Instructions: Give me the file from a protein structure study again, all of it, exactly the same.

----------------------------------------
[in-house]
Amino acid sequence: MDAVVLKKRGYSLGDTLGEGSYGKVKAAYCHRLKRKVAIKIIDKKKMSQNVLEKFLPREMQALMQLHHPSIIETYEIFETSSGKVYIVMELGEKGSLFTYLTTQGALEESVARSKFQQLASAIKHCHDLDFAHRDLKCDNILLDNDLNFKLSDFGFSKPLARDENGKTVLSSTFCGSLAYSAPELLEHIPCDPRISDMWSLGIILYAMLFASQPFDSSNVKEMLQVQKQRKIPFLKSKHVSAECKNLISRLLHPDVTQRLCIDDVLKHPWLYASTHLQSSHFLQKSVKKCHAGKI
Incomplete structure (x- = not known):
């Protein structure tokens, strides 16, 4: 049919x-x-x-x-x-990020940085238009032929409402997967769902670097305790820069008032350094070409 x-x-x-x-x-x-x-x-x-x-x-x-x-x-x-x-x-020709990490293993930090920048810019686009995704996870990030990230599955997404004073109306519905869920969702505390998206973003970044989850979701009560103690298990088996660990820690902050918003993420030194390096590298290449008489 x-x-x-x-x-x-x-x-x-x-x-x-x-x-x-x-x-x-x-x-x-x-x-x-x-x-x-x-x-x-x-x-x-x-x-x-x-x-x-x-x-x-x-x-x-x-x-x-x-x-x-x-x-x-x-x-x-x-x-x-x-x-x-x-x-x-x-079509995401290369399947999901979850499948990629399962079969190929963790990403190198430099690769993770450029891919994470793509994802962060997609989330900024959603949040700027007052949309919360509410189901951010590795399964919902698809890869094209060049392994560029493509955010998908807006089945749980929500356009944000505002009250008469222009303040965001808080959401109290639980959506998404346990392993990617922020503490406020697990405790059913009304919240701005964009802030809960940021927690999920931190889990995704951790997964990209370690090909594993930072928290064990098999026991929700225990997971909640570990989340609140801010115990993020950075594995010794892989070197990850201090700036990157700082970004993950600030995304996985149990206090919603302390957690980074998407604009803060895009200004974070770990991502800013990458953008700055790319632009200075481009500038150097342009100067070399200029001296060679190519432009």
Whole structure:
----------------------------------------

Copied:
[in-house]
Amino acid sequence: MDAVVLKKRGYSLGDTLGEGSYGKVKAAYCHRLKRKVAIKIIDKKKMSQNVLEKFLPREMQALMQLHHPSIIETYEIFETSSGKVYIVMELGEKGSLFTYLTTQGALEESVARSKFQQLASAIKHCHDLDFAHRDLKCDNILLDNDLNFKLSDFGFSKPLARDENGKTVLSSTFCGSLAYSAPELLEHIPCDPRISDMWSLGIILYAMLFASQPFDSSNVKEMLQVQKQRKIPFLKSKHVSAECKNLISRLLHPDVTQRLCIDDVLKHPWLYASTHLQSSHFLQKSVKKCHAGKI
Incomplete structure (x- = not known):
């Protein structure tokens, strides 16, 4: 049919x-x-x-x-x-990020940085238009032929409402997967769902670097305790820069008032350094070409 x-x-x-x-x-x-x-x-x-x-x-x-x-x-x-x-x-020709990490293993930090920048810019686009995704996870990030990230599955997404004073109306519905869920969702505390998206973003970044989850979701009560103690298990088996660990820690902050918003993420030194390096590298290449008489 x-x-x-x-x-x-x-x-x-x-x-x-x-x-x-x-x-x-x-x-x-x-x-x-x-x-x-x-x-x-x-x-x-x-x-x-x-x-x-x-x-x-x-x-x-x-x-x-x-x-x-x-x-x-x-x-x-x-x-x-x-x-x-x-x-x-x-079509995401290369399947999901979850499948990629399962079969190929963790990403190198430099690769993770450029891919994470793509994802962060997609989330900024959603949040700027007052949309919360509410189901951010590795399964919902698809890869094209060049392994560029493509955010998908807006089945749980929500356009944000505002009250008469222009303040965001808080959401109290639980959506998404346990392993990617922020503490406020697990405790059913009304919240701005964009802030809960940021927690999920931190889990995704951790997964990209370690090909594993930072928290064990098999026991929700225990997971909640570990989340609140801010115990993020950075594995010794892989070197990850201090700036990157700082970004993950600030995304996985149990206090919603302390957690980074998407604009803060895009200004974070770990991502800013990458953008700055790319632009200075481009500038150097342009100067070399200029001296060679190519432009």
Whole structure: